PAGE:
1ère édition Limitée à 1 000 exemplaires.
TIBET est la nouvelle édition du premier et depuis longtemps épuisé Photobook Portrait of Tibet de Shinya Arimoto (publié par Visual Arts, 1999), incluant un certain nombre d’œuvres inédites. Connu pour son portrait de photographies de rue « Tokyo Circulation », les premières œuvres de Shinya Arimoto ont en fait été prises au Tibet pendant une période prolongée alors qu’il avait une vingtaine d’années. Il s’est aventuré dans la zone culturelle tibétaine qui comprenait des parties de la Chine, de l’Inde et du Népal et a pris ces œuvres nouvelles et vibrantes en monochrome alors qu’il partageait repas et espace de vie avec les gens qu’il a rencontrés au Tibet ; postface de Shinya Arimoto, photos en n.b.
“In 1994, while still in my early 20’s and fresh out of photo school I went to India to photograph. Six months into my travels the backpack in which I was keeping my exposed film – over 150 rolls – was stolen. This incident ultimately signified a turning point in my understanding about photography which continues to this day. Soon after this I went to Nepal. In Kathmandu, I encountered a Tibetan family who were on a pilgrimage to Dharamsala. My relationship with this family grew as we shared meals and our living space. As the days passed I began to feel a strong desire to see their homeland with my own eyes. Soon after however, my neglected health caught up with me and I was hospitalized with hepatitis. A further examination diagnosed a heart condition and I was forced to return home to Japan.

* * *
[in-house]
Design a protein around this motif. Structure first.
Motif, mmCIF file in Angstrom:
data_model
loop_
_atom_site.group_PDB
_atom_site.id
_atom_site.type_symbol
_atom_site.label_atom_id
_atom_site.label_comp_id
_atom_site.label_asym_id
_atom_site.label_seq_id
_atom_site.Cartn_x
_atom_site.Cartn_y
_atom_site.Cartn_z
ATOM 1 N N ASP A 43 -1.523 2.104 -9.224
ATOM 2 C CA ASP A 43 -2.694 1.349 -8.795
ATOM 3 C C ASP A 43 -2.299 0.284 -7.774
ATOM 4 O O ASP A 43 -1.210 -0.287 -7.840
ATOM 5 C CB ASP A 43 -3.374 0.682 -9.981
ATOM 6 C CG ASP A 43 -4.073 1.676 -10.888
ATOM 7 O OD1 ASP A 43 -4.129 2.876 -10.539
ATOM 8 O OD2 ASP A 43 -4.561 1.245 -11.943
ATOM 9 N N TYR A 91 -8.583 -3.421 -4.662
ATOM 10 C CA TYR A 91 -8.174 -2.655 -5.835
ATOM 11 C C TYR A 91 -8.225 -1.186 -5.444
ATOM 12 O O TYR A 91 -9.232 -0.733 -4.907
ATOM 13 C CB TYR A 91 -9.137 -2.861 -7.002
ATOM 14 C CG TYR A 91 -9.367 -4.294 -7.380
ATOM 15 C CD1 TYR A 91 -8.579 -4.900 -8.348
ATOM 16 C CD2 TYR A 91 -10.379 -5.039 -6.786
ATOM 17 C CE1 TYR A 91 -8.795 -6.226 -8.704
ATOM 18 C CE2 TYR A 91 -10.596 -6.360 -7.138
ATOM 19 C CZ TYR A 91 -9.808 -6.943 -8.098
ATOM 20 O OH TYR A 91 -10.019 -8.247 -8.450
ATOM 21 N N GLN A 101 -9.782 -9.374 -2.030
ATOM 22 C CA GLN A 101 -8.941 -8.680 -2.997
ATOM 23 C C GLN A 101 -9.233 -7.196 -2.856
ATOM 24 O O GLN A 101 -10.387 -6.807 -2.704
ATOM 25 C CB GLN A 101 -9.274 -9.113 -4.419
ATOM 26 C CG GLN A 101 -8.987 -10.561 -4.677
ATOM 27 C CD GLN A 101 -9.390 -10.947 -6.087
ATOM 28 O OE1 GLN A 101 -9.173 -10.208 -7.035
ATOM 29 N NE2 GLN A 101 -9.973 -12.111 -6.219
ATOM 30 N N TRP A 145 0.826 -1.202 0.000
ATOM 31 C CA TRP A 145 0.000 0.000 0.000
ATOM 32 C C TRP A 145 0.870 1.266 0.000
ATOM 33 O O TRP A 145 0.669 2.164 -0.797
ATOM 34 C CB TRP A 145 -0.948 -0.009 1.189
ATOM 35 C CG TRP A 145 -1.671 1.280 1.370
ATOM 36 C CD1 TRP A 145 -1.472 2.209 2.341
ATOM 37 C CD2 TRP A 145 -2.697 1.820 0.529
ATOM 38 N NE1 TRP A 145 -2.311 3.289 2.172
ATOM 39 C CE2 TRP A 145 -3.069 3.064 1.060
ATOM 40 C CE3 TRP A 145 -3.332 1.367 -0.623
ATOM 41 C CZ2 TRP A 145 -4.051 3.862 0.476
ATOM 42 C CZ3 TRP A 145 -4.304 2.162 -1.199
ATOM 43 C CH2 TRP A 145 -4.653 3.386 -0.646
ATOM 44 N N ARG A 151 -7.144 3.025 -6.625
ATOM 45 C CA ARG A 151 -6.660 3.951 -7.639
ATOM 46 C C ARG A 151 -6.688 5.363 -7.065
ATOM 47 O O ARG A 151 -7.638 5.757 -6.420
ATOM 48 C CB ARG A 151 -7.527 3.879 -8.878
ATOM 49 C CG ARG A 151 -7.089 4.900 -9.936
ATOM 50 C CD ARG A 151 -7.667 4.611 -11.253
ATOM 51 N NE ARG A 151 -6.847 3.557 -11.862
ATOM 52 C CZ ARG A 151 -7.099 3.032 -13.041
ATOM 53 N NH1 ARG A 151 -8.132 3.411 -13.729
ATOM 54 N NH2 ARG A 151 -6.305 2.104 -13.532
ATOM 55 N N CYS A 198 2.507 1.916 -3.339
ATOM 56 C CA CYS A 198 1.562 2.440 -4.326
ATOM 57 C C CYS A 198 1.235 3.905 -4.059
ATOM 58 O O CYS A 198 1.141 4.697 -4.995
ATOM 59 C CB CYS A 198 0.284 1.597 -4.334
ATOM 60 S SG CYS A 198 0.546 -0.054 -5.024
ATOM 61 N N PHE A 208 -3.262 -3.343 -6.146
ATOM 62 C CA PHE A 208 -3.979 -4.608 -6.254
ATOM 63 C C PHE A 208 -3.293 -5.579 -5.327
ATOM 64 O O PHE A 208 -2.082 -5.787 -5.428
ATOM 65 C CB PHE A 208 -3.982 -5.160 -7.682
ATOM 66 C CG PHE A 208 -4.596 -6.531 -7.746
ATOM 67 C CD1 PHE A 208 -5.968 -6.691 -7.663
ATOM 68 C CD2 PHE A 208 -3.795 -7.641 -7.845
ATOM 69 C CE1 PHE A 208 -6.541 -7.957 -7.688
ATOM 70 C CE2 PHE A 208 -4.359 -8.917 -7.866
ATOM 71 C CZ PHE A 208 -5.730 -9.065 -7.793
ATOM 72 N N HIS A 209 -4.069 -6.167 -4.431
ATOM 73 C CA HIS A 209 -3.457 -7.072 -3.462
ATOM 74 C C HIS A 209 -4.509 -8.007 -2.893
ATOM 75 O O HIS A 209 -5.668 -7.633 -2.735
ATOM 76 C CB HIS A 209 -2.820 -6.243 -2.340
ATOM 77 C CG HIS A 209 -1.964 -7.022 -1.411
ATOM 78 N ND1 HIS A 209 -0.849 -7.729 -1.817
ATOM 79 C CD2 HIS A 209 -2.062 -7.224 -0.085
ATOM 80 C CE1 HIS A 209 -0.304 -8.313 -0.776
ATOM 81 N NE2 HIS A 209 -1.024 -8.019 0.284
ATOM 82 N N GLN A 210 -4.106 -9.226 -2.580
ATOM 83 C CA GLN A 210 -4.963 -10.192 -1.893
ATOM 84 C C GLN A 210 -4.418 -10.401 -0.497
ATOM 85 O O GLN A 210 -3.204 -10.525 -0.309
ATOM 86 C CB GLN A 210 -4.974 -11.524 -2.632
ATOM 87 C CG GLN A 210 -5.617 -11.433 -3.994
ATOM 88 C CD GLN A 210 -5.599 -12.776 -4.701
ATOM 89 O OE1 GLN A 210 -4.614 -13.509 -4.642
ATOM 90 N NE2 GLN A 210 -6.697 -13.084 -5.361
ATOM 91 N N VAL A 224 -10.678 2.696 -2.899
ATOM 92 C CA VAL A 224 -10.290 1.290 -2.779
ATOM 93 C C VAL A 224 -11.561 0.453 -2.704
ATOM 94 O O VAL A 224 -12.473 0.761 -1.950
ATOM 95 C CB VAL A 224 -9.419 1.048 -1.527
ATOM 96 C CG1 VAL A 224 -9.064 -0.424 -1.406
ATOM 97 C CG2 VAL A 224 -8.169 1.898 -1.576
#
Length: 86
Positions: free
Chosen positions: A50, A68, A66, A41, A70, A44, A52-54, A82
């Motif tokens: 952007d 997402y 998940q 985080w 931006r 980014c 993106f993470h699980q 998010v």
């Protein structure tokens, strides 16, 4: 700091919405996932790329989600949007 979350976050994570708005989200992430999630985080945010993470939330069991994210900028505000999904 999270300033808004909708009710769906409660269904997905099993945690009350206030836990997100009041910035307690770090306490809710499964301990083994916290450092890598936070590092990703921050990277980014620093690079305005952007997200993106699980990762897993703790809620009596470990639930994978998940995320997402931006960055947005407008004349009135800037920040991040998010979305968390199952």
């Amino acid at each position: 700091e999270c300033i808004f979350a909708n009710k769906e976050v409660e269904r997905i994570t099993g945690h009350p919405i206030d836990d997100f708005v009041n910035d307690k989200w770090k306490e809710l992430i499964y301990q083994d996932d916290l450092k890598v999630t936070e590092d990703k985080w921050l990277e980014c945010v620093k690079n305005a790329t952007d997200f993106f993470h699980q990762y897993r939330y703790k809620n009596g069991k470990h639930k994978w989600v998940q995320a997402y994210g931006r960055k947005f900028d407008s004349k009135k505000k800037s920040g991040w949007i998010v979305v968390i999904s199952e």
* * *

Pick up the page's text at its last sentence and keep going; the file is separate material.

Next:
My condition improved after returning to Japan. Once I had recovered I found work as a day laborer to save money for a trip to Tibet. Reading up on the country and studying the language consumed me as the days passed. One year later, in 1996, I set foot in Tibet. I’ll never forget that thrill. Everything that had happened so far – every coincidence, incident, and tribulation, had brought me to this point.
Looking back I realize that most of my twenties were spent with Tibet. Having started out as an empty vessel, it was Tibet and my experiences there that made me full.” – Shinya Arimoto